IBBY’s founder, Jella Lepman, believed that books could build bridges of understanding and peace between people. Because of this strongly held belief, she created IBBY as an international organization that would bring children together by means of books. She did this because she was convinced that the German children she saw after the war needed not only food, medicine, clothes or shelter, but also books. Good books, literature, and especially books from around the world. They needed to know what all good readers know: you are not alone; others have experiences, feelings, and needs just like you do, and there is a whole world out there you know nothing about. And that world is not what you thought, it is more like the world you will find in all the wonderful books.
Today, fifty-five years later, IBBY has seventy-two national sections with an international secretariat with two full-time staff in Basel, Switzerland, all paid for by the annual membership dues of our national sections. IBBY’s newest members come from Haiti, Guatemala, Zambia and Zimbabwe.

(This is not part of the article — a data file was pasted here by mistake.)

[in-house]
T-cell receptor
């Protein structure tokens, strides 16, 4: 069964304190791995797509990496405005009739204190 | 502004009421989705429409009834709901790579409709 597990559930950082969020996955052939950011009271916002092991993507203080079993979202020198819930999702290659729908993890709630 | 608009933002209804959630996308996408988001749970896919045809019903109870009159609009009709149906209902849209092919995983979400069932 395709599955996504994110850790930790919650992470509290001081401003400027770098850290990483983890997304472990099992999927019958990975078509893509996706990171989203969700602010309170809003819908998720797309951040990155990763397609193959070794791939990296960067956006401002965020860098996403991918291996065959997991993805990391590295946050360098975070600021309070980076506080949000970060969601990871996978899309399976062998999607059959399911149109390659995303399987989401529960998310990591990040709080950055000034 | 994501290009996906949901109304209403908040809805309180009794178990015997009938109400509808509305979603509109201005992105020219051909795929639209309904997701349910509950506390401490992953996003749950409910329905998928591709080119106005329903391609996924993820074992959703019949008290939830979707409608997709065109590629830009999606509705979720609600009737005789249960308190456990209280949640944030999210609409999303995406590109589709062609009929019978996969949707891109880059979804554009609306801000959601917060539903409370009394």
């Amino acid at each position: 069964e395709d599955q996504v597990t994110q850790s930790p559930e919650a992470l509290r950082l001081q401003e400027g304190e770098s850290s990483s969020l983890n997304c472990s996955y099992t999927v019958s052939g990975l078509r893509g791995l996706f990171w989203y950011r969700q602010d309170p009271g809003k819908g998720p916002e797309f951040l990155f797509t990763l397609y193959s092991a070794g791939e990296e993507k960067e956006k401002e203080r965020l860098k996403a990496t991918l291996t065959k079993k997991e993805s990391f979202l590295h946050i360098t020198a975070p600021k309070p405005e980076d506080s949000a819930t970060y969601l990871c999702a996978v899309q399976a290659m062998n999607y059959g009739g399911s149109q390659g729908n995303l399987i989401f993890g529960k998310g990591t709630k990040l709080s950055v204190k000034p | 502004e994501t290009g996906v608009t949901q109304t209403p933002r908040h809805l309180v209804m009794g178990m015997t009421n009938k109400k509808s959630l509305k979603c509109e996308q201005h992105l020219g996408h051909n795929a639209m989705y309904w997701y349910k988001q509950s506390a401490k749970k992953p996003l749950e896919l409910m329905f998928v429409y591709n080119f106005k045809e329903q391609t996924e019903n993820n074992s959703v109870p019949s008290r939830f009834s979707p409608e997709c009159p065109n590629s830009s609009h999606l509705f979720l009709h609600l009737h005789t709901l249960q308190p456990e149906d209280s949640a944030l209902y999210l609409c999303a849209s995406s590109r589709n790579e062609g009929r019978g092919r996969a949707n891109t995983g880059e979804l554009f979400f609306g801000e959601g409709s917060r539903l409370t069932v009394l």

In its second half century IBBY continues with many of the projects that have been previously developed: the Hans Christian Andersen Award, the IBBY-Asahi Reading Promotion Award, the IBBY Honour List, and the Documentation Centre of Books for Young People with Disabilities. In addition, IBBY coordinates international celebrations of International Children’s Book Day.
Following its five decades of pioneering work, IBBY has launched a new set of activities and programmes that are built on the foundation and ideas that have guided IBBY since its inception.
The framework for these new projects is the Right of Every Child to Become a Reader. By this IBBY means that every child everywhere in the world must have access to books and the opportunity to become a reader in the fullest sense. IBBY sees this as a fundamental right and the doorway to empowerment for every child. But this is not simply a matter of literacy. This principle entails becoming a life long reader, one who can think critically, participate actively in society, resist demagoguery, understand the world, know him or herself, and know others.